|Talib visits Bucs, eager to get started|
|Written by Admin|
|Monday, 28 April 2008 11:15|
``My first name means the last to come. I'm the youngest out of four kids. My last name, I don't know,'' the ballhawking cornerback said Monday before being joined on a podium by Bucs coach Jon Gruden.
The two held up a No. 1 jersey with Talib's name on the back.
``That name,'' Gruden said, ``means good corner, I hope.''
The room erupted in laughter, but Gruden was only half joking.
The Bucs selected a cornerback in the opening round for the first time since 1986, bypassing an opportunity to upgrade the offense with the coach's choice of any receiver in the draft. They're counting on Talib to prove they made the right call.
The starting cornerbacks for much of the past decade have been Ronde Barber and Brian Kelly. Barber turned 33 three weeks ago, while the 32-year-old Kelly skipped town this winter as a free agent.
Talib, who Gruden describes as a ``dynamic playmaker'' at Kansas, will compete with Phillip Buchanon for the starting left cornerback job and play a key role in nickel situations.
``We always let guys come in and compete, especially first-round or second-round picks. ... But that doesn't mean that we just start them. They have to earn it because we like who we have right now,'' defensive coordinator Monte Kiffin said.
``Last year we ran like 1,082 plays on defense, and 42 percent of the time we played nickel, which means three wideouts in the game. So, we got to match up with three corners. That's why you need a really good third corner. He not only is one snap away from being a starter, but is also going to play right now close to 50 percent of the time.''
The ultra-confident Talib is eager to learn the defense and contribute any he can.
He looks forward to learning from Barber and others, like linebacker Derrick Brooks and safeties Jermaine Phillips and Tanard Jackson, on a defense that's ranked among the league's best 10 of the past 11 seasons.
As part of the core of players that helped put the Kansas football program back on the map, Talib had 13 career interceptions in college. He also made an impact on offense as a receiver, averaging nearly 25 yards per catch and scoring TDs on five of nine career receptions.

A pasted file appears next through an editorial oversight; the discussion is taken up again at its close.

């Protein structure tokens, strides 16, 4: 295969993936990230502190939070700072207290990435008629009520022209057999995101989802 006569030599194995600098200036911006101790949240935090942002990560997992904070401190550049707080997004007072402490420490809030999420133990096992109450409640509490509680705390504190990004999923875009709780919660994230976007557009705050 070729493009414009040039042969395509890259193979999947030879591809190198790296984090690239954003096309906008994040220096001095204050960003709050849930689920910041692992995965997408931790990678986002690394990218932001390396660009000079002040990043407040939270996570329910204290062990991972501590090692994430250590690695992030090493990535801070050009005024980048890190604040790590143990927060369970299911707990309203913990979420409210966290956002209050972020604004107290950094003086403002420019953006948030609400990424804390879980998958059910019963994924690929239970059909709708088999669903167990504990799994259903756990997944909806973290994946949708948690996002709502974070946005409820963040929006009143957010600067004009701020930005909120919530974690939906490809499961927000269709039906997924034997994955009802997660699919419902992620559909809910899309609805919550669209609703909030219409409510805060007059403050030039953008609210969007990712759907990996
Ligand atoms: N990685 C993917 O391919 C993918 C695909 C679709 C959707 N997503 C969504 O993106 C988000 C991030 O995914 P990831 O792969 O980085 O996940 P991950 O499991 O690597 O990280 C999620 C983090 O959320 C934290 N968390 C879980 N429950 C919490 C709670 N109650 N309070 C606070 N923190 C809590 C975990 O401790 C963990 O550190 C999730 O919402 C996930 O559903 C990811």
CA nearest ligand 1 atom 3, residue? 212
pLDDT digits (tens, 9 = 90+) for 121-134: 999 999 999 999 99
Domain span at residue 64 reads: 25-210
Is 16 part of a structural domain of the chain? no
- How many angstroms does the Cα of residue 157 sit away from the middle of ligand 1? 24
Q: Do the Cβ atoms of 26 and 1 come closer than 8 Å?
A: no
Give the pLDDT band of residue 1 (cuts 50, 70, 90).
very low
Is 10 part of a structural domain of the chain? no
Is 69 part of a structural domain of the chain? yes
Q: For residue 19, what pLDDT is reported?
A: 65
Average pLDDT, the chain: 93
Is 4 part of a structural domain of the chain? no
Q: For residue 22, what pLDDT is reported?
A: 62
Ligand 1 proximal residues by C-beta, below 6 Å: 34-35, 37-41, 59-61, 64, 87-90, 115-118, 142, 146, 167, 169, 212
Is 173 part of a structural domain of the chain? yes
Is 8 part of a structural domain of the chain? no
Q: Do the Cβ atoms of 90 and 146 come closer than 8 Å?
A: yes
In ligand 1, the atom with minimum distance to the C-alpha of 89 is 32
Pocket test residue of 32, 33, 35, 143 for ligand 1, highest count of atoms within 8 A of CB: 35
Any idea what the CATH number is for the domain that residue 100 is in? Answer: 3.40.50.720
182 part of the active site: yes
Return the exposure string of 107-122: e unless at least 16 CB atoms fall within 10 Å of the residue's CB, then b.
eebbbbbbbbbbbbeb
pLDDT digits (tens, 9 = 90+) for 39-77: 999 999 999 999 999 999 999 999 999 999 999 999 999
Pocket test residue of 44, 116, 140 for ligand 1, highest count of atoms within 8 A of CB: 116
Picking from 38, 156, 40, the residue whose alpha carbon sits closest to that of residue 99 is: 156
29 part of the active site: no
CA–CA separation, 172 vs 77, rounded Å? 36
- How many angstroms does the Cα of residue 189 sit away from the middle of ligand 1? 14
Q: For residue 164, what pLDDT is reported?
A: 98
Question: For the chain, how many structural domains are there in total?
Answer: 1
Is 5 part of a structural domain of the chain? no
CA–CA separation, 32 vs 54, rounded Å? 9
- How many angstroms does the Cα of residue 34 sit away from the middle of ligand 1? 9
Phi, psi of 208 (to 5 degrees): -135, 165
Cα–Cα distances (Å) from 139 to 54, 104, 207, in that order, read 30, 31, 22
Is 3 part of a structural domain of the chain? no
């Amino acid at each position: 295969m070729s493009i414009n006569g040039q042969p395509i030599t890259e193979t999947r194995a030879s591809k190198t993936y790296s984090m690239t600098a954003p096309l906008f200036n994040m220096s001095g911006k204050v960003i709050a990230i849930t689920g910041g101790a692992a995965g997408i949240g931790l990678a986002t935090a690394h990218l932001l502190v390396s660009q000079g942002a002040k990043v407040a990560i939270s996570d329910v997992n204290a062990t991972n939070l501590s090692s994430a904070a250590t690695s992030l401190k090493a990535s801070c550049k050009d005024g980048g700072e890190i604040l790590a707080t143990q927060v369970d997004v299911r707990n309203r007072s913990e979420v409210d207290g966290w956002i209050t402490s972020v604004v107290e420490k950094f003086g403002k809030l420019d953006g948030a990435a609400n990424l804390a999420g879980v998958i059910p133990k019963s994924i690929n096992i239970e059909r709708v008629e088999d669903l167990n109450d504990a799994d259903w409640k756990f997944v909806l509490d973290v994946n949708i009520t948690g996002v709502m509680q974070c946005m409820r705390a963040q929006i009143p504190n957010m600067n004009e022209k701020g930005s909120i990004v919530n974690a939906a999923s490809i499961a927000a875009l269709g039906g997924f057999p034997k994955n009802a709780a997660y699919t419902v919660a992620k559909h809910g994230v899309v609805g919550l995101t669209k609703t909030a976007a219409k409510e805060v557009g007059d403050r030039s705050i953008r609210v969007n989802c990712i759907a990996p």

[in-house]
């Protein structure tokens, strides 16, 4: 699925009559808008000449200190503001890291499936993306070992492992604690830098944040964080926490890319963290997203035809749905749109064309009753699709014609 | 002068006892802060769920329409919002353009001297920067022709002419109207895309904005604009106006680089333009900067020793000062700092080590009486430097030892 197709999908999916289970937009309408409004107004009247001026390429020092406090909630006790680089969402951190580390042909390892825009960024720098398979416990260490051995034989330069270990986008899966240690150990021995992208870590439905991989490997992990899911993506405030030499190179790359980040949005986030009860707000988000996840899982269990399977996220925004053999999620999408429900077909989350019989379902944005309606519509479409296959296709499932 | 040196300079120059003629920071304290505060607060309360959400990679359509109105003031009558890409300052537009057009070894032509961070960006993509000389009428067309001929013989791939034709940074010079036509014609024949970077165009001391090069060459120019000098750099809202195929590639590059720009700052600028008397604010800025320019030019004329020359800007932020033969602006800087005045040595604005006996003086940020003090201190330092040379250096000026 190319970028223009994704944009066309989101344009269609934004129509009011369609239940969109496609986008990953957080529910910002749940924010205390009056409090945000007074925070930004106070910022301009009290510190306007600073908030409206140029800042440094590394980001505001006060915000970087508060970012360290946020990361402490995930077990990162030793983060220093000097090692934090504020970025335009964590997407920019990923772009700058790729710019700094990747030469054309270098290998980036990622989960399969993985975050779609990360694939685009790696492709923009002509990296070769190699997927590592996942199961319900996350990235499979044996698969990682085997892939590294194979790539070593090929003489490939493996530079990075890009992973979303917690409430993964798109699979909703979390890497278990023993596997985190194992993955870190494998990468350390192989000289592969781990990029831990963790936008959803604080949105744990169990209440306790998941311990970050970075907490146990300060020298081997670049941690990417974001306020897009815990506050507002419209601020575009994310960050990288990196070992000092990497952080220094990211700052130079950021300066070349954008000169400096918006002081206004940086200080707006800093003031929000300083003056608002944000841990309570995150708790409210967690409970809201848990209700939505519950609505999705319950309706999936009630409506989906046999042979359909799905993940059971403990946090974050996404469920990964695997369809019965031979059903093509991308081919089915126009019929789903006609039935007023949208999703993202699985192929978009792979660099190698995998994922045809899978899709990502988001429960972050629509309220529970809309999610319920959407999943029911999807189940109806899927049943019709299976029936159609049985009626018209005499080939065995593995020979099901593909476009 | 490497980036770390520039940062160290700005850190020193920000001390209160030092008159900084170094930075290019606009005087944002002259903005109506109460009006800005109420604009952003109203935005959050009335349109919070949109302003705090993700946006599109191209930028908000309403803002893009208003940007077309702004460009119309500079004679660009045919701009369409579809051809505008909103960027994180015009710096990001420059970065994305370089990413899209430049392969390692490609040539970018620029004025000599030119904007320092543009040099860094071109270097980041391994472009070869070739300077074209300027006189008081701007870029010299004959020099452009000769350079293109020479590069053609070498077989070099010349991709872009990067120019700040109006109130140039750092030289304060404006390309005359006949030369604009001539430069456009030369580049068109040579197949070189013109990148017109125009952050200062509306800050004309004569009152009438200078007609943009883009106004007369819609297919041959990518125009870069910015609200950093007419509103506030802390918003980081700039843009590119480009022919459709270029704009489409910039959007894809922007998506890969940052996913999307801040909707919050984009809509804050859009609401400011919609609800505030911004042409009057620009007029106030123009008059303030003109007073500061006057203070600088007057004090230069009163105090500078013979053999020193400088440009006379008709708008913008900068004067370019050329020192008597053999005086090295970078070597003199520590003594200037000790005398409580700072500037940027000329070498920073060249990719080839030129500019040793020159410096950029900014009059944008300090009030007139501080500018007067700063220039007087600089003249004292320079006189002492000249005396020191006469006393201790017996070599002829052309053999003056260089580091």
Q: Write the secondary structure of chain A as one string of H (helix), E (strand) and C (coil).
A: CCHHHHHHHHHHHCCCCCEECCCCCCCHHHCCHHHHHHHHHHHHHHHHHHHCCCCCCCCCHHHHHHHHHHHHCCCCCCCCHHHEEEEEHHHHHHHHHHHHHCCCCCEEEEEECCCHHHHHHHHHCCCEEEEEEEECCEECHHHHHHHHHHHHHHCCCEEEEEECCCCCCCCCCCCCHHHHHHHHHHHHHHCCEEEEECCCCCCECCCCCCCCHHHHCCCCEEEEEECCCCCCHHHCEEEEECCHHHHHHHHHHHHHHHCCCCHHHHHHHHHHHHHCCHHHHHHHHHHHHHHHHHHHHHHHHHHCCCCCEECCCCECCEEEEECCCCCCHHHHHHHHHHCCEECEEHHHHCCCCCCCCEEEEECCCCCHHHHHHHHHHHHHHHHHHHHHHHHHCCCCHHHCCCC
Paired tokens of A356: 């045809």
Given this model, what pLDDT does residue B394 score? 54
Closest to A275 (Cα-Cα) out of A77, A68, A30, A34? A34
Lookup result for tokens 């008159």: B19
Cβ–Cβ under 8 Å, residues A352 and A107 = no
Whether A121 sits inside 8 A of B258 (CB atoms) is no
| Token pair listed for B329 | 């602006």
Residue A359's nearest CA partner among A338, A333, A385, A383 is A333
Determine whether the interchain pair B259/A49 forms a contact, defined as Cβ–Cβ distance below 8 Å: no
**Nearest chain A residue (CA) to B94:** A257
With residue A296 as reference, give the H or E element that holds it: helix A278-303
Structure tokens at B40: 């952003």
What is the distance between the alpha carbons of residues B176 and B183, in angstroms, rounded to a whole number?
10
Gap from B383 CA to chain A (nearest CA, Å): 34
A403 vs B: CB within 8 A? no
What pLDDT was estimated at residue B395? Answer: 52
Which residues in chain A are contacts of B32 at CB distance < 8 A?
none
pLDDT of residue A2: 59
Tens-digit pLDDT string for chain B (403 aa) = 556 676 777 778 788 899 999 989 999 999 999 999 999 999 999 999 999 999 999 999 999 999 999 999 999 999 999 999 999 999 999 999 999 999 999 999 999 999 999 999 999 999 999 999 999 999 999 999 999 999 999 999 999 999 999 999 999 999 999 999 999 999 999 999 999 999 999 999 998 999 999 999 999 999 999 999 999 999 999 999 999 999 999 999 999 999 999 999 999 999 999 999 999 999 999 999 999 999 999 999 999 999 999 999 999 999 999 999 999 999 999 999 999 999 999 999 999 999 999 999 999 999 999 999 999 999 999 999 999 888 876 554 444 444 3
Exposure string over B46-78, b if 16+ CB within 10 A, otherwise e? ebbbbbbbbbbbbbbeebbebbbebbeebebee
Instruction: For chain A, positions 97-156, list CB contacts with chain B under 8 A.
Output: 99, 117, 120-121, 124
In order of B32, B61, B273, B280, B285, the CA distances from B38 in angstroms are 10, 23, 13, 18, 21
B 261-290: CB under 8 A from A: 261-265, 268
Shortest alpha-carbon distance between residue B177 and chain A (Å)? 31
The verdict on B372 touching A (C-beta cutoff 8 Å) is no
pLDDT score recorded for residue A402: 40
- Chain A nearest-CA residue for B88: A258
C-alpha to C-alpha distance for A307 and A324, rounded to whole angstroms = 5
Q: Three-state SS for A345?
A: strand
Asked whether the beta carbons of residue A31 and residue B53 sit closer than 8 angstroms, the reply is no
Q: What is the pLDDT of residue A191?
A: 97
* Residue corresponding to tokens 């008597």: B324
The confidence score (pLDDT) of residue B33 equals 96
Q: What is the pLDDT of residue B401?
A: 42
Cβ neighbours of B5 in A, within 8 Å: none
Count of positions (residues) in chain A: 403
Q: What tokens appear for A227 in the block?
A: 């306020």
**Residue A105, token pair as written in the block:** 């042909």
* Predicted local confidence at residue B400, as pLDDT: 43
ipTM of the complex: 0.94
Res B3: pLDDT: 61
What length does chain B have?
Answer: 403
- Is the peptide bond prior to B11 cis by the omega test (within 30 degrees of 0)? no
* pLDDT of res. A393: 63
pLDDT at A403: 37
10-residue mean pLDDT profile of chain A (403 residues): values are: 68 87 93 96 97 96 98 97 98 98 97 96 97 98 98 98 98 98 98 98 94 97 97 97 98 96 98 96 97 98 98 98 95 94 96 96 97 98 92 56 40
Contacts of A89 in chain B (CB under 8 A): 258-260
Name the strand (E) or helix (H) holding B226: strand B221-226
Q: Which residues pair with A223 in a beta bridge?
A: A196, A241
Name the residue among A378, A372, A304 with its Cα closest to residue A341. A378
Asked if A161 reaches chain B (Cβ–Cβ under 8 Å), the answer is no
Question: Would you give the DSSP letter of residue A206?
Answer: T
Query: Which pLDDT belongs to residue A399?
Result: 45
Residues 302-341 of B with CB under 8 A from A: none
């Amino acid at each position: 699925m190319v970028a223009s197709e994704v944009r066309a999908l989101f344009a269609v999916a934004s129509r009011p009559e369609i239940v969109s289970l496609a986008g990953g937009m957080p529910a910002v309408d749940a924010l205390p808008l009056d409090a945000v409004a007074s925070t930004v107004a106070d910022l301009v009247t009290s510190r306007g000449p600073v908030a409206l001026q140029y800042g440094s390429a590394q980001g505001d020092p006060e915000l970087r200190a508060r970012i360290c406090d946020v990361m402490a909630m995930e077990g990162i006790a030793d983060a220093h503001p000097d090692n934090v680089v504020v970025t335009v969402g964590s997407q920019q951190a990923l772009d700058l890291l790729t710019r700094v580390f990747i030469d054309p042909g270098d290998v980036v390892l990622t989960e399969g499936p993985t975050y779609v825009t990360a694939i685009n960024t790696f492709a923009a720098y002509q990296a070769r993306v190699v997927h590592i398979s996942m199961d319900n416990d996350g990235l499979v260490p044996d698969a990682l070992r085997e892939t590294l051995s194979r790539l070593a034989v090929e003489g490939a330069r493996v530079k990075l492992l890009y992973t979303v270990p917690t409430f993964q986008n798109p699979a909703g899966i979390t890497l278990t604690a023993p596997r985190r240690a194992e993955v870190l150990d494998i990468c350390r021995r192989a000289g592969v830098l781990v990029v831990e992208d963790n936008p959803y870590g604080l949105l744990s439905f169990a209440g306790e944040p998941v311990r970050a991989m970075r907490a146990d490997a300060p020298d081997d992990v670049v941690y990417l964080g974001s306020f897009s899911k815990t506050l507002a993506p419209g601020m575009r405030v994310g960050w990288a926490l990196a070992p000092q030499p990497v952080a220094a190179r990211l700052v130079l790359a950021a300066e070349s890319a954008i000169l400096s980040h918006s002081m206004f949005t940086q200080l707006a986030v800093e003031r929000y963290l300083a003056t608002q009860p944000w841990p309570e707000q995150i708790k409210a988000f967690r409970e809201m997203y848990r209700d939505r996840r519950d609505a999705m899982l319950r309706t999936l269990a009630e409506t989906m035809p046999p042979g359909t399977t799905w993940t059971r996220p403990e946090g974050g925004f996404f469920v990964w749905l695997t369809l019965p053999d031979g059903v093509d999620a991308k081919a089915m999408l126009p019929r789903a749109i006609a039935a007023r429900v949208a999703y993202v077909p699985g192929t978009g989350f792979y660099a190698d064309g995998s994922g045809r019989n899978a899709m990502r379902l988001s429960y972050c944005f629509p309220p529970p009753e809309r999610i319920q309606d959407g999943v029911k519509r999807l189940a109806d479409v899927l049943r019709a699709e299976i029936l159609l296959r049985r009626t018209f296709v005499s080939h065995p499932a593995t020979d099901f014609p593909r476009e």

He doesn't anticipate his upbeat, sometimes brash personality rubbing teammates the wrong way.
``I'm on their team now. I think they want me to come in and compete. They want me to come in and help the team win a championship. That's what we're trying to do,'' said Talib, selected the most valuable player in this year's Orange Bowl after scoring on a 60-yard interception return to help Kansas beat Virginia Tech.
``If there's a player here who's going to help them win a championship, they want him to do his hardest to be on the field. I think I'll fit in perfect. I'm a people person. I've never had a problem fitting in with a crowd.''
On his first visit to the team's training complex since being selected No. 20 overall, Talib also reiterated he doesn't believe Tampa Bay took a risk by drafting someone who reportedly acknowledged to testing positive for marijuana three times in college.
He has said his problems at Kansas occurred more than two years ago.
``All I can say is my actions speak louder than words. I'm pretty sure that maybe after this season when nothing happens, it'll die down. I'm not really worried about it,'' he said. ``I made a bad reputation at Kansas from doing that. I'm not dumb enough to do it again. I learned from my mistakes.''
The Bucs are confident the trouble is behind him.
``It is not only our discussions with him, which were extremely positive ... it is his coaches that stand by him 100 percent,'' general manager Bruce Allen said. ``It is also his teammates. ... Everyone spoke very highly of him.''